A model of the Earth’s ecosystems indicates many species capable of surviving in a hotter world themselves are dependent on others that are more vulnerable. Consequently, we can expect a great many more “co-extinctions” than previous estimates have anticipated, although it’s still very much within humanity’s power to minimize the damage.
Endangered species lists indicate the plants and animals with little capacity to adapt to rapid temperature changes, but they struggle to take account of those put at risk by their relationships with species that may be directly affected.
Unfortunately, we don’t understand the webs of relationships within ecosystems as well as we would like, particularly those that exist far from the centers of scientific research. To get around this problem, Professor Corey Bradshaw of Flinders University and the University of Helsinki’s Dr Giovanni Strona took a new approach. They created a computer model of the Earth and filled it with virtual species, whose interrelationships were well known because they were generated by the computer system being used. In a new paper, the pair report how these species responded to the IPCC’s global heating scenarios out to 2100.
“Every species depends on others in some way,” Bradshaw noted in a statement. That’s obvious for predators that need their prey, but even those that get their energy directly from the Sun exist in a network, depending on those around them for nutrients.
In total, the model predicts a reduction of 17.6 percent in vertebrate diversity, and that is only on the median emissions scenario. Naturally, higher emissions would make things worse.
“We show that there will be up to 34 percent more co-extinctions overall by 2100 than are predicted from direct effects alone,” Strona said. The figure rises to 184 percent among the species near the top of the food chain. Like us.
Not everyone may be convinced by a model of virtual species. However, Bradshaw told IFLScience the team verified the diversity their system produced per square kilometer against what is actually known, and also produced very similar predictions for primary extinctions to other researchers.
Children born today who live into their 70s can expect to witness the disappearance of literally thousands of plant and animal species, from the tiny orchids and the smallest insects, to iconic animals such as the elephant and the koala… all in one human lifetime.
“This study is unique, because it accounts also for the secondary effect on biodiversity, estimating the effect of species going extinct in local food webs beyond direct effects,” Bradshaw noted.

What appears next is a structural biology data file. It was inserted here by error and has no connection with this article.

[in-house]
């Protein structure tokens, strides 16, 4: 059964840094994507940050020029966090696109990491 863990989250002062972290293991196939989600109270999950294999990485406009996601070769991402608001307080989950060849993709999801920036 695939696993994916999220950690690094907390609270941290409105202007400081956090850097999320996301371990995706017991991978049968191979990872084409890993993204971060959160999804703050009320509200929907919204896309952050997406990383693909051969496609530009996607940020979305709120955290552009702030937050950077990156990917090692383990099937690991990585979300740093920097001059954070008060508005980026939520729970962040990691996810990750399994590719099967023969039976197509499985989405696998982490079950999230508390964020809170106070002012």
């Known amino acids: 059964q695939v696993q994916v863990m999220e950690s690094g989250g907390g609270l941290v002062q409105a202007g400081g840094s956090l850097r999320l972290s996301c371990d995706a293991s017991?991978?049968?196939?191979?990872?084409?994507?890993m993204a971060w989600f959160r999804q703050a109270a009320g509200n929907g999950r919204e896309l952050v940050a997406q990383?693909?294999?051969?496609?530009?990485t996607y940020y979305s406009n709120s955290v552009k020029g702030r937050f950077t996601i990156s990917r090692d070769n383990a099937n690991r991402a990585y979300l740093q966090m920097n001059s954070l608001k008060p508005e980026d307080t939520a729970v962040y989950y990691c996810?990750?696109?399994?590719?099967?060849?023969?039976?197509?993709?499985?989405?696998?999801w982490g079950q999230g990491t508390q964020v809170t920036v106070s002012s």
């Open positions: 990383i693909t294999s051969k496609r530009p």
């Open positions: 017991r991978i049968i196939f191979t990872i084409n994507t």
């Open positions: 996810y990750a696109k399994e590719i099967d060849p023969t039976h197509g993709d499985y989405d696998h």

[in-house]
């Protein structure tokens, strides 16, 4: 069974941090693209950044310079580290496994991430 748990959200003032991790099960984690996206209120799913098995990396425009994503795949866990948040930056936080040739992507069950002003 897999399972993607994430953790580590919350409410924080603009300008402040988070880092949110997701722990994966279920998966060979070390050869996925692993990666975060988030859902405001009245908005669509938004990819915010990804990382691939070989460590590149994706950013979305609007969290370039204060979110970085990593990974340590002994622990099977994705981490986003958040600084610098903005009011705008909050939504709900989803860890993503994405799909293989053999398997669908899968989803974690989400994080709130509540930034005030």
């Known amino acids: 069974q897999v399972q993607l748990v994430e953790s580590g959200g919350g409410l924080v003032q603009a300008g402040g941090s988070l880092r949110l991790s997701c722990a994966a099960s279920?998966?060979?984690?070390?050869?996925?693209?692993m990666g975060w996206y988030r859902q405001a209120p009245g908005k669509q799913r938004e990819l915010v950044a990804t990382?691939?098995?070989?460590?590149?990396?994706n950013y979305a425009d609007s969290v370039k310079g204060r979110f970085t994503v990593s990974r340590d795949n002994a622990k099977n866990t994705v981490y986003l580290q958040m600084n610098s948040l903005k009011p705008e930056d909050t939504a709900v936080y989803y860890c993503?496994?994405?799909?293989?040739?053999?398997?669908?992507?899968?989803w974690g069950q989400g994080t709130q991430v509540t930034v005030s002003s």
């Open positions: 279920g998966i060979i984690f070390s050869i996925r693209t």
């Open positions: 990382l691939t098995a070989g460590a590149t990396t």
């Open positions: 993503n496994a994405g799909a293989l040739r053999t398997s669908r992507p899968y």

Disturbing as these results are, the pair didn’t consider some factors that could make things a great deal worse, primarily the effect of pollinator loss on plant diversity. “We can’t include them because don’t have the data to make a sensible network which would be defensible,” Bradshaw told IFLScience. However, given this potentially enormous extra cause of co-extinctions, he noted, “Our predictions are highly conservative.”
The model explored other threats to biodiversity, such as changes to land use and invasive species, but found climate change was the cause of the overwhelming majority of both primary and co-extinctions. This refutes the view that even if humanity can drastically slow the build-up of greenhouse gasses, other threats to biodiversity will denude the Earth anyway.
The work does not consider the capacity of seed banks and captive breeding programs to keep species alive outside their native habitats. Bradshaw expects these programs will only prove useful at the margins since out-of-context species cease to be functional. “If we can shift the balance 1-2 percent we should do that,” he told IFLScience. “But it will not solve the problem.”
For some, the year 2100 may seem comfortably distant, but Bradshaw noted “Children born today who live into their 70s can expect to witness the disappearance of literally thousands of plant and animal species, from the tiny orchids and the smallest insects, to iconic animals such as the elephant and the koala … all in one human lifetime.”
The paper is Open Access in Science Advances.